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Mailbag: Businesses are part of parking solution, not problem

March 07, 2013

My friend Norm Grossman was quoted in a recent column by David Hansen, "City eyes more downtown private parking," suggesting that the city of Laguna Beach tax private parking because banks are "basically running the parking lot for free, as far as the city is concerned. The city is getting nothing out of that."

Monica Tuchscher, a highly respected city planner, echoed Norm's comments, saying "There's these secondary businesses that may not be 'legal', and one method is to try. . .to gain revenue from that to offset other expenses."

While I understand that city officials would like to have more revenue for deserving city projects, I wonder whether Norm, Monica and I are seeing the same problem. The single issue that virtually every Lagunan puts at or near the top of the list of Laguna's problems is a lack of parking, particularly during summer. That issue has topped those lists for many years, and certainly tops the list for Laguna businesses.

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Businesses that "run a second business" (a parking lot) are providing a service that the city has been unable to provide. They are, it seems to me, part of the solution, not part of the problem. Taxing them to "offset other expenses" is a short-sighted solution to a long standing problem.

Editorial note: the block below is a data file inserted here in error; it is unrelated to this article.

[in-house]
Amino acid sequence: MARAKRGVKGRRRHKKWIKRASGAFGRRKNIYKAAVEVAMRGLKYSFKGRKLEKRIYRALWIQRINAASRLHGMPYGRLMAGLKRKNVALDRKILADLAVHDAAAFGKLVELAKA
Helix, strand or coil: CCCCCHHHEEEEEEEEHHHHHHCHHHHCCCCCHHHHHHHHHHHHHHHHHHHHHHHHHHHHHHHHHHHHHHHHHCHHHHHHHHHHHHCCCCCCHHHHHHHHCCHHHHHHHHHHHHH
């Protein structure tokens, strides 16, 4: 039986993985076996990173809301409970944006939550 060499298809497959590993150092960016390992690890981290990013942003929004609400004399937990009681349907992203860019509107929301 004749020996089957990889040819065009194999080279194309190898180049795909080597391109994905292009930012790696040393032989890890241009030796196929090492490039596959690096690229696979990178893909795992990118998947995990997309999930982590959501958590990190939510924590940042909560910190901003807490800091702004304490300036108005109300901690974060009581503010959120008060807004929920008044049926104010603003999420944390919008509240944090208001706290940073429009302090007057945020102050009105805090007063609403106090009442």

Norm seems to feel that instituting a tax on Wells Fargo Bank and other providers of parking is "fair" because they are making money as a parking lot. They are, of course, already paying Laguna business license tax on their gross receipts, including their parking receipts. They are, of course, paying property tax on the land the parking lot sits on. Both of those taxes provide revenue to the city — and may provide significantly more revenue if the state legislature has its way eliminating Proposition 13 tax savings on business property.

From the standpoint of economics, an added tax is simply an increase in the price of doing business. Economics tells us that when the profit in an activity goes down, entities are less likely to engage in that activity. It would be a shame to discourage the use of private parking spaces — estimated in David Hansen's article as 25% of the total available supply of parking spaces in the downtown — because Laguna has added a parking tax to "offset other expenses."

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